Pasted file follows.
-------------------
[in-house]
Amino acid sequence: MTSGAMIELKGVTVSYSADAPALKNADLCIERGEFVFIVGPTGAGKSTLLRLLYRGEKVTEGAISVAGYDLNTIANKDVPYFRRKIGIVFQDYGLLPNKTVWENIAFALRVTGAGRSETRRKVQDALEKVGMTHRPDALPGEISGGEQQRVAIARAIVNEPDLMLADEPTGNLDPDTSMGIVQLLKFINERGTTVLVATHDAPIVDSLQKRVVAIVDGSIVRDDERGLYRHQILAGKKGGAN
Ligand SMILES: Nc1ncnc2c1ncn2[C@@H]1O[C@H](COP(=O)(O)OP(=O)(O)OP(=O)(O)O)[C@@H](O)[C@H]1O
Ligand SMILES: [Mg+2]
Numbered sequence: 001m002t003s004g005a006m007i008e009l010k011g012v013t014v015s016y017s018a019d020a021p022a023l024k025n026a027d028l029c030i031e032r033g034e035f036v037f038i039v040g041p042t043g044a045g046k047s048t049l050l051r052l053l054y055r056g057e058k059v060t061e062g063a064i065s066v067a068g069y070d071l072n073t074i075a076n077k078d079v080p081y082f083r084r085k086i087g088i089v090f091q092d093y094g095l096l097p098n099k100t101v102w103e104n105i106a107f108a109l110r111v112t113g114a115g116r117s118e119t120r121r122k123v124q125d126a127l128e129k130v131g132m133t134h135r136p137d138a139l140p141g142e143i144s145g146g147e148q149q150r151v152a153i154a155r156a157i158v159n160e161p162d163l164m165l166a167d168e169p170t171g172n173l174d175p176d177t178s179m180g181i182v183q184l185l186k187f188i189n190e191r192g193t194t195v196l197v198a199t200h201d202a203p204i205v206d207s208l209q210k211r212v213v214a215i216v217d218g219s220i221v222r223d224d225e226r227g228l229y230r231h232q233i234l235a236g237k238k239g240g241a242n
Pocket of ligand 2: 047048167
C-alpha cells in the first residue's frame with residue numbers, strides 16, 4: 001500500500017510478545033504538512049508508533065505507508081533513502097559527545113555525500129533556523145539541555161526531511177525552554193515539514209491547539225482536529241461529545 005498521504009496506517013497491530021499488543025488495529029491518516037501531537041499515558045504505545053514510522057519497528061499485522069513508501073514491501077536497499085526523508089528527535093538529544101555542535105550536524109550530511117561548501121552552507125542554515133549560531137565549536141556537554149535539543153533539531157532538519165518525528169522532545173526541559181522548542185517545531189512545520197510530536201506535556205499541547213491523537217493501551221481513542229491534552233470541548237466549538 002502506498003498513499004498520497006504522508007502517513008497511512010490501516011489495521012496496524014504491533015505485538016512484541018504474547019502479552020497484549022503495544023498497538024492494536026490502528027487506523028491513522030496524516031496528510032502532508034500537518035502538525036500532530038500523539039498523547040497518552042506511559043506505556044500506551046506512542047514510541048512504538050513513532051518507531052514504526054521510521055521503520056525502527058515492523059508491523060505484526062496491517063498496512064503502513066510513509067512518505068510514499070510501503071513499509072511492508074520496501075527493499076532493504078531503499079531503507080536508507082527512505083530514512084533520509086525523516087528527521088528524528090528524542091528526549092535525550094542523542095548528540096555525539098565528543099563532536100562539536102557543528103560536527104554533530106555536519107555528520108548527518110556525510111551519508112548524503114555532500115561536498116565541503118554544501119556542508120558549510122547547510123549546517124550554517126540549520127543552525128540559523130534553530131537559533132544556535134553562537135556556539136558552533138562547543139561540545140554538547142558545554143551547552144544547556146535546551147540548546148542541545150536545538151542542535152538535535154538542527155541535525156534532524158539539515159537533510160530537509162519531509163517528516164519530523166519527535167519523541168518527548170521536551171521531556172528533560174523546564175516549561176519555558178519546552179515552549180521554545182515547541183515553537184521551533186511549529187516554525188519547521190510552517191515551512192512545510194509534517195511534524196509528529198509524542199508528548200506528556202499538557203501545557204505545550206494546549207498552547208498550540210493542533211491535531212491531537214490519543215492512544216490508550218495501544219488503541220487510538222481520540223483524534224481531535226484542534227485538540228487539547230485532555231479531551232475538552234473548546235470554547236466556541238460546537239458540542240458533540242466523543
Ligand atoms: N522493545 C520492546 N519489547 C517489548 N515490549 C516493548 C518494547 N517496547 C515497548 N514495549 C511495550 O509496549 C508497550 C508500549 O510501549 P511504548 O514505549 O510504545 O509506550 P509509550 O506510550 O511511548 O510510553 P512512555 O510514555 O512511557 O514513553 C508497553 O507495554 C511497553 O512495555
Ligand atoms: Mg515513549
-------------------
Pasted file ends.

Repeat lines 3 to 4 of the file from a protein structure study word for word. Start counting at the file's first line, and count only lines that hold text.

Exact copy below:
Ligand SMILES: Nc1ncnc2c1ncn2[C@@H]1O[C@H](COP(=O)(O)OP(=O)(O)OP(=O)(O)O)[C@@H](O)[C@H]1O
Ligand SMILES: [Mg+2]